Listed Building

The only legal part of the listing is the address/name of site. Addresses and building names may have changed since the date of listing – see ‘About Listed Buildings’ below for more information.

61 QUEEN CHARLOTTE STREET WITH BOUNDARY WALLS, GATES AND RAILINGSLB27867

Status: Designated

Documents

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Summary

Category
B
Date Added
14/12/1970
Local Authority
Edinburgh
Planning Authority
Edinburgh
Burgh
Edinburgh
NGR
NT 27343 76217
Coordinates
327343, 676217

Description

Later 18th century. 2-storey, 3-bay symmetrical villa with classical details, semi-circular bowed addition to rear (circa 1820) and single storey addition to right. Grey sandstone, coursed rubble with polished ashlar dressings to front. Ashlar quoin strips; dentilled eaves cornice with blocking course.

S (FRONT) ELEVATION: deep-set doorway at centre, Doric columned doorpiece with fluted paterae frieze and cornice; single window at 1st floor above. Outer bays with single windows to ground and 1st floor. Harled screen wall to 1st floor level to outer right with tall round-arched opening with 2 semi-circular fanlights (mostly of later 20th century date) and with lower flat-roofed addition behind.

N (REAR) ELEVATION: large 2-storey projecting bowed addition (circa 1820) at centre with conical roof and 3 windows to ground and 1st floor, wallhead stack on W flank.

E ELEVATION: gabled with apex stack; single windows to left bay and to gablehead.

W ELEVATION: gabled with apex stack; single windows to centre bay, at 1st floor with iron window guard.

Timber sash and case windows, mostly plate glass glazing, 12-pane windows to rear. Slate roof with metal ridge; 2 apex stack (see above), 1 wallhead stack (see above), new cans; velux rooflights.

INTERIOR: not seen 1993.

BOUNDARY WALL, GATES AND RAILINGS: low boundary wall to front with saddleback coping, 2 square coped gatepiers, swept 2-leaf iron gates.

Statement of Special Interest

The rough nature of the stonework and the raised margins strongly suggest that the villa was harled originally. Present owner added the stone eagles as angle finials and designed the east addition in its present form.

References

Bibliography

Shown on Alexander Wood ?Plan of the Town of Leith? 1777. Bowed addition shown on Thomson?s ?Plan of Leith and Environs? 1827.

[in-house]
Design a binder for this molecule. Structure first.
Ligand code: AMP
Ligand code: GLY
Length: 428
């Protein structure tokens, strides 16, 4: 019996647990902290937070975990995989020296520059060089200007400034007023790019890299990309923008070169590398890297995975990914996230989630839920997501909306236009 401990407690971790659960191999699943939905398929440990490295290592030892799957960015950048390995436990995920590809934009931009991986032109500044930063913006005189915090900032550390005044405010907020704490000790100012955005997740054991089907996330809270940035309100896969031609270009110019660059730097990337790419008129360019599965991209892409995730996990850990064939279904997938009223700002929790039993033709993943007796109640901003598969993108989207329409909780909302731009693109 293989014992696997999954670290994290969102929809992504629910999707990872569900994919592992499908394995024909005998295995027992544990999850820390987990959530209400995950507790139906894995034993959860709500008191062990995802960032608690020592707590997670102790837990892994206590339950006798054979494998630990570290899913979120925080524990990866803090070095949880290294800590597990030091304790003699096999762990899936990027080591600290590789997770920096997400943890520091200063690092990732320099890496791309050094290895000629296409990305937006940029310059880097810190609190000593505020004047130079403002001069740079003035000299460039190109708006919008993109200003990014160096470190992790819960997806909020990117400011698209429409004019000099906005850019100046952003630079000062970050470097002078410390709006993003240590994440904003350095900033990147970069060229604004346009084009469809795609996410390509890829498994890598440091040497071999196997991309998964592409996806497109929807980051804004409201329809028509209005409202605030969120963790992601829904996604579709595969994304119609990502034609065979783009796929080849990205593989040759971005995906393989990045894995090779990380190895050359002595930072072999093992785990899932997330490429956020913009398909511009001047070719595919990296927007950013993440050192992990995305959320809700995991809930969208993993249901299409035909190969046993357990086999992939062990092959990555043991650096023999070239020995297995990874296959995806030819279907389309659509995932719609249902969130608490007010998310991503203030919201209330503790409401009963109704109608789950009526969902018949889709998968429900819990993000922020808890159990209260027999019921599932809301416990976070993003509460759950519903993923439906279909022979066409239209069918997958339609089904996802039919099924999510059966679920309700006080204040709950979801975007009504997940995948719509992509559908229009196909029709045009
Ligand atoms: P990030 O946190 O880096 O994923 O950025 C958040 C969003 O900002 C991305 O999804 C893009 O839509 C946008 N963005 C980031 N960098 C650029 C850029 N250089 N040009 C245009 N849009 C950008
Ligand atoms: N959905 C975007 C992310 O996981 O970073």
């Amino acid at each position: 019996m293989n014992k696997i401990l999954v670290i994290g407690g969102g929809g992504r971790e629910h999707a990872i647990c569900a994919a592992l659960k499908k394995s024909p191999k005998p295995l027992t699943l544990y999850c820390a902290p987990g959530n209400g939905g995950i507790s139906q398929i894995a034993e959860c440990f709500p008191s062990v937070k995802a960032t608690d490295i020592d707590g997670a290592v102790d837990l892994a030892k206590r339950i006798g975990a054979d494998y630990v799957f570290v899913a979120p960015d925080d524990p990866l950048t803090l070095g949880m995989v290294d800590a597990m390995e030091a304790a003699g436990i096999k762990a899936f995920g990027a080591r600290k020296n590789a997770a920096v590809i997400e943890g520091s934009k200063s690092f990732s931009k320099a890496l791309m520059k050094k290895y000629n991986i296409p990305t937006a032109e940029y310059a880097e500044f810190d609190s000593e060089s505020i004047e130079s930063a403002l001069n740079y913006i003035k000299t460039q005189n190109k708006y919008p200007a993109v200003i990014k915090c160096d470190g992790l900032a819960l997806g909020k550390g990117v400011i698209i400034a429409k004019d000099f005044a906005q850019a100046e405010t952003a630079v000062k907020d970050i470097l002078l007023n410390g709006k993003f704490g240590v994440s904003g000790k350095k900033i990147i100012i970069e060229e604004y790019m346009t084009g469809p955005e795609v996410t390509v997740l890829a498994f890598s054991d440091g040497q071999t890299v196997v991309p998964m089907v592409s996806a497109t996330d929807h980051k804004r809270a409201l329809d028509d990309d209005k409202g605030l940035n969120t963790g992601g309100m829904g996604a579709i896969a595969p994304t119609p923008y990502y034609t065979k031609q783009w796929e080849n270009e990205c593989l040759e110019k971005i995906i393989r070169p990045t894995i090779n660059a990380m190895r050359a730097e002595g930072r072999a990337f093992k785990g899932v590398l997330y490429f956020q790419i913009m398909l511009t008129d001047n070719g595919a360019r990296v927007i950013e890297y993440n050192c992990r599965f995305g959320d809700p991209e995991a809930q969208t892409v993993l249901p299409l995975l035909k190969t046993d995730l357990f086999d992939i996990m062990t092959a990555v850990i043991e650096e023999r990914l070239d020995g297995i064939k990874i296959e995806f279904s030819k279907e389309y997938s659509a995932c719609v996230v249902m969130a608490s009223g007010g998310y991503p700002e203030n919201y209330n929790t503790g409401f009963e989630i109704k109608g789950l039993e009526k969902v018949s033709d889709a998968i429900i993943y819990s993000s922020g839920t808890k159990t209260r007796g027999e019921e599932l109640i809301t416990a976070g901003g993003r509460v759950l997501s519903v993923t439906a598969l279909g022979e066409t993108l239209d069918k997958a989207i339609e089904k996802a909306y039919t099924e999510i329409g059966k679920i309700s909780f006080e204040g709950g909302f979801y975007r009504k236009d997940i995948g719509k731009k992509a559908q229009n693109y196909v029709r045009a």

About Listed Buildings

Listing is the way that a building or structure of special architectural or historic interest is recognised by law through the Planning (Listed Buildings and Conservation Areas) (Scotland) Act 1997.

We list buildings of special architectural or historic interest using the criteria published in the Historic Environment Scotland Policy Statement.

The information in the listed building record gives an indication of the special architectural or historic interest of the listed building(s). It is not a definitive historical account or a complete description of the building(s). The format of the listed building record has changed over time. Earlier records may be brief and some information will not have been recorded.

The only legal part of the listing is the address/name of site. Addresses and building names may have changed since the date of listing and if a number or name is missing from a listing address it may still be listed. Listing covers both the exterior and the interior and any object or structure fixed to the building. Listing can also cover structures not physically attached but which are part of the curtilage of the building, such as boundary walls, gates, gatepiers, ancillary buildings etc. The planning authority is responsible for advising on what is covered by the listing including the curtilage of a listed building. Since 1 October 2015 we have been able to exclude items from a listing. If part of a building is not listed, it will say that it is excluded in the statutory address and in the statement of special interest in the listed building record. The statement will use the word 'excluding' and quote the relevant section of the Historic Environment Scotland Act 2014. Some earlier listed building records may use the word 'excluding', but if the Act is not quoted, the record has not been revised to reflect current legislation.

If you want to alter, extend or demolish a listed building you need to contact your planning authority to see if you need listed building consent. The planning authority advises on the need for listed building consent and they also decide what a listing covers. The planning authority is the main point of contact for all applications for listed building consent.

Find out more about listing and our other designations at www.historicenvironment.scot/advice-and-support. You can contact us on 0131 668 8716 or at designations@hes.scot.

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Printed: 22/04/2019 19:14